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Here’s what works for starting a flying clubHere’s what works for starting a flying club

Where is a prospective member of your startup flying club likely to go first to learn whether the organization is a good fit?
AOPA will give away a Reimagined Cessna 150 to a flying club that is just starting out on its mission of making flying fun and affordable for its members.

As soon as that pilot has heard the buzz about your club from a friend or an airport acquaintance, he or she will go online to check out your club’s website, its Facebook page, or other presence on social media.

If the pilot likes what’s there, a likely next step is to sign up for your newsletter, attend a club event, or contact a club officer to make a more direct inquiry.

The chances of your club acquiring a new member from the contact will be enhanced if the founders have taken advice about “generating interest in your club” from AOPA’s Flying Club Resources—the same space where you have been researching answers about how to shape your club and how to make it eligible to win a Reimagined Cessna 150 in the AOPA Flying Club 150 Giveaway.

From big-picture decisions such as those discussed in the Aug. 4 article, “Questions for your flying club,” to advice about drafting an operating agreement for your club’s aircraft, these online resources cover the landscape, helping you get the job done. Also, the judges who will pick one startup flying club to win a Reimagined Cessna 150 will be looking for answers to the application’s 14 questions that indicate familiarity with the guidance provided in the AOPA Flying Club Resource Library and the Guide to Starting a Flying Club. (Be sure to have your club’s application completed and submitted by Sept. 1.)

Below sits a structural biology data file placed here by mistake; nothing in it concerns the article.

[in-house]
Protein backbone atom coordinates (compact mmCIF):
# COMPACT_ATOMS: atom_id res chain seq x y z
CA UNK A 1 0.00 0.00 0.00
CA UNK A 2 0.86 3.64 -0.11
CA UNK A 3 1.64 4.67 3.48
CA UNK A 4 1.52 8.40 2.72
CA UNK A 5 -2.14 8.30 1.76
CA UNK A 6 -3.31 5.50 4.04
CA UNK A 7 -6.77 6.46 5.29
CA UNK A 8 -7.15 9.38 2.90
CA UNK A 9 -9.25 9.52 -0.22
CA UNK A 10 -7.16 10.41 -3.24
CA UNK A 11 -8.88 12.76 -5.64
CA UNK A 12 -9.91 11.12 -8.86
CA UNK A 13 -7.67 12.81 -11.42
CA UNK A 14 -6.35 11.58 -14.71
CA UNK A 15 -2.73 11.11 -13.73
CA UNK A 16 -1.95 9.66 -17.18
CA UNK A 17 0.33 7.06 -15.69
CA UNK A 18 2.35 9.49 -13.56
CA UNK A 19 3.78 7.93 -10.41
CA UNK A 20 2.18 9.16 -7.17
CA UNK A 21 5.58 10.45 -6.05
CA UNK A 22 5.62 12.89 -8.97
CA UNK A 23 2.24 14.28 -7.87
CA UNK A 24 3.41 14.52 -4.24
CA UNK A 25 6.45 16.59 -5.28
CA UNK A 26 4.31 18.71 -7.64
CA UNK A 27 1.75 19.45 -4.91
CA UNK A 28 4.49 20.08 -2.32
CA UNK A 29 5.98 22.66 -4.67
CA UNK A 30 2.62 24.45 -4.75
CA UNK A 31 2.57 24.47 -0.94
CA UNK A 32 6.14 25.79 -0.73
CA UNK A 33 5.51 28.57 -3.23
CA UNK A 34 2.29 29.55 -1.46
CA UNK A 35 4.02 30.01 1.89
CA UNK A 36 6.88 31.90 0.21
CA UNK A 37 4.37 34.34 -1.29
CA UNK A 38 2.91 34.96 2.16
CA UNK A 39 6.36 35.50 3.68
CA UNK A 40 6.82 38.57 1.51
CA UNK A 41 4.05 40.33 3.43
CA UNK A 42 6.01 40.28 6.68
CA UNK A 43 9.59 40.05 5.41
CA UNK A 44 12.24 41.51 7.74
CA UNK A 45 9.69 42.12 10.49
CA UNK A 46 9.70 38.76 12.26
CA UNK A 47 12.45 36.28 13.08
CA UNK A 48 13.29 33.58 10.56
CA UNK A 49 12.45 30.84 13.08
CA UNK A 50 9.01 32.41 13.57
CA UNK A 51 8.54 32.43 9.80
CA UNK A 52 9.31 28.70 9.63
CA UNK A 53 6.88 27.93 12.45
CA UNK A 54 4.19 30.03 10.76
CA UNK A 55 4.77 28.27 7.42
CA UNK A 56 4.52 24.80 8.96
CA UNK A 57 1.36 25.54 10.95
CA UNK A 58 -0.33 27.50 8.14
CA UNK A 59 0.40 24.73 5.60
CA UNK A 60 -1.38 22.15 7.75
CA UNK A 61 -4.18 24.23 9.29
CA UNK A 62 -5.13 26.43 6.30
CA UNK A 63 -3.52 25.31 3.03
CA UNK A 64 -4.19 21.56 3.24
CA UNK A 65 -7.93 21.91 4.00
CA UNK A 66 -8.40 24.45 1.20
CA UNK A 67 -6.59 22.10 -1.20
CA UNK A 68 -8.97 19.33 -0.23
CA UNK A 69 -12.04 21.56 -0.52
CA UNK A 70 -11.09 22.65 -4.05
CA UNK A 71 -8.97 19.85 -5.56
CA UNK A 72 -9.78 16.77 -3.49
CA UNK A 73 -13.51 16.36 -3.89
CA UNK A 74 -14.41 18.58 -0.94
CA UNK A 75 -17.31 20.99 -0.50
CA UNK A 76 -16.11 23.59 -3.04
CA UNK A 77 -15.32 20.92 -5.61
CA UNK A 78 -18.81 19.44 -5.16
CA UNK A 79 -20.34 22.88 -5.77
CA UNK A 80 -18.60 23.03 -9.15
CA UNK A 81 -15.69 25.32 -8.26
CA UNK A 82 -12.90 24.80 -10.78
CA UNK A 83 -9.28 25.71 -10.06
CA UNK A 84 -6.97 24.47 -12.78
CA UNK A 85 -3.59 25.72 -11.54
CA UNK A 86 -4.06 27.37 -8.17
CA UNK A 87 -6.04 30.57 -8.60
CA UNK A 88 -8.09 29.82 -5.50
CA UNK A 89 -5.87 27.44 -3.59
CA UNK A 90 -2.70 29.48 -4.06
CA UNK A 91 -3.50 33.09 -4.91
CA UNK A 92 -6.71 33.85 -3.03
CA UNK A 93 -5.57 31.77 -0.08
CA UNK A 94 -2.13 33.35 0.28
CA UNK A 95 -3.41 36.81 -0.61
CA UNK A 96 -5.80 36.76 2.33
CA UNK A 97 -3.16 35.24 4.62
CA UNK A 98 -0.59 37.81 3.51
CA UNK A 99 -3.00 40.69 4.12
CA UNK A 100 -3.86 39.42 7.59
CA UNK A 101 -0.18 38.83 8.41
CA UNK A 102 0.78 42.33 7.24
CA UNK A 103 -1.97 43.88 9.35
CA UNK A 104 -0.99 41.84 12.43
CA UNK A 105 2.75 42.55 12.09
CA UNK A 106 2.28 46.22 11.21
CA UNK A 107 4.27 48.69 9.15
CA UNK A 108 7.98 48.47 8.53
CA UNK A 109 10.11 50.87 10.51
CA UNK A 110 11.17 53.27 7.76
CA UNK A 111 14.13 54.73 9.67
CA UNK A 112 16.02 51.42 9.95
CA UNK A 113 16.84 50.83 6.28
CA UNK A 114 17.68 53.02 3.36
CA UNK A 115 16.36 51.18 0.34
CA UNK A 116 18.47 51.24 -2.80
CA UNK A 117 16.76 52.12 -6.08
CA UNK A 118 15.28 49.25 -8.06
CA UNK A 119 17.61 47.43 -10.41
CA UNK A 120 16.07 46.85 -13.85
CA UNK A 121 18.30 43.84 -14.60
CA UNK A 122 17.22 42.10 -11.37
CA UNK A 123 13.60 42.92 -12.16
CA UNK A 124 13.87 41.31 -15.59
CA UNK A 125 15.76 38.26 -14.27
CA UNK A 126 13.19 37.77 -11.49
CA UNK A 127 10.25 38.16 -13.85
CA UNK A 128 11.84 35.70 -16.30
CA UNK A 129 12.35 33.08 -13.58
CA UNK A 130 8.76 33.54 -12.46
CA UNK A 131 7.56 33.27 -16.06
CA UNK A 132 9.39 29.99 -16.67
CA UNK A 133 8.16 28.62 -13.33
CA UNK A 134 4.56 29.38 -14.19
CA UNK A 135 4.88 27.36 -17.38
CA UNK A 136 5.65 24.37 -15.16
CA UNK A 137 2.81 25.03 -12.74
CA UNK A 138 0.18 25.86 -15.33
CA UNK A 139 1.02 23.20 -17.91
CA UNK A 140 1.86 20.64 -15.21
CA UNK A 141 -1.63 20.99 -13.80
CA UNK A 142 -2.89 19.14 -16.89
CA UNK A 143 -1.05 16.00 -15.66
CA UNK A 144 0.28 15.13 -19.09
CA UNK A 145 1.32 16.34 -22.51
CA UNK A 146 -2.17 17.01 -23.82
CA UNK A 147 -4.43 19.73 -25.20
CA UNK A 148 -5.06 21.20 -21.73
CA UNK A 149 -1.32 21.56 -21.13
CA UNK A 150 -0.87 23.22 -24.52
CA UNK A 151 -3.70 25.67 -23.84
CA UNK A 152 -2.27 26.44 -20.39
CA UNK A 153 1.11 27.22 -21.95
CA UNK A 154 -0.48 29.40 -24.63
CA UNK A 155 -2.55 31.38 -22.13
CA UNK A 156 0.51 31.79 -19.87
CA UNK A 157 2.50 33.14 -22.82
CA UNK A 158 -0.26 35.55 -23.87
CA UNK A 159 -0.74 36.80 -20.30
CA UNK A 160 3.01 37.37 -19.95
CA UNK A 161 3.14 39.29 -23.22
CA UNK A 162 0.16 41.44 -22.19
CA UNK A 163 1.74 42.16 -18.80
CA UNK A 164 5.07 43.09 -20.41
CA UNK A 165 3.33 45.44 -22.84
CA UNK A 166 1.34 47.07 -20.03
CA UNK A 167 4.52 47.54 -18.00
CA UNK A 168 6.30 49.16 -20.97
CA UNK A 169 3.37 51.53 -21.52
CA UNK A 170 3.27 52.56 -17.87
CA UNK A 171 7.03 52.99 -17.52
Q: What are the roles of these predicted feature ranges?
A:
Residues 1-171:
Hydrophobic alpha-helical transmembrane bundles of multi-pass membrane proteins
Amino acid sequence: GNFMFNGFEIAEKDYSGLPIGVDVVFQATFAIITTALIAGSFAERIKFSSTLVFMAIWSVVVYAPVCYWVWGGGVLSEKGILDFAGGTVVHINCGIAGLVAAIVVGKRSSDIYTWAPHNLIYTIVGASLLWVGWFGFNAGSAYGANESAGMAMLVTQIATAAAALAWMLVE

When you are working on the website, note that AOPA’s Guide to Starting a Flying Club heads up a list of downloadable resources that go to the nuts and bolts of your startup project. The downloadable resources include a flying club aircraft lease agreement, and samples of articles of organization, articles of incorporation, membership application, and operating rule guidelines. There’s even a flying club’s member regulations.

Sample bylaws are also available compliments of flying clubs that have been willing to help others get going by posting their documents on the AOPA Flying Clubs website.

If lending others a hand getting airborne sounds like something your club might like to do once it is up and running, let AOPA’s Flying Club Network know with an email when the time comes!

Topics: Flying Club, You Can Fly

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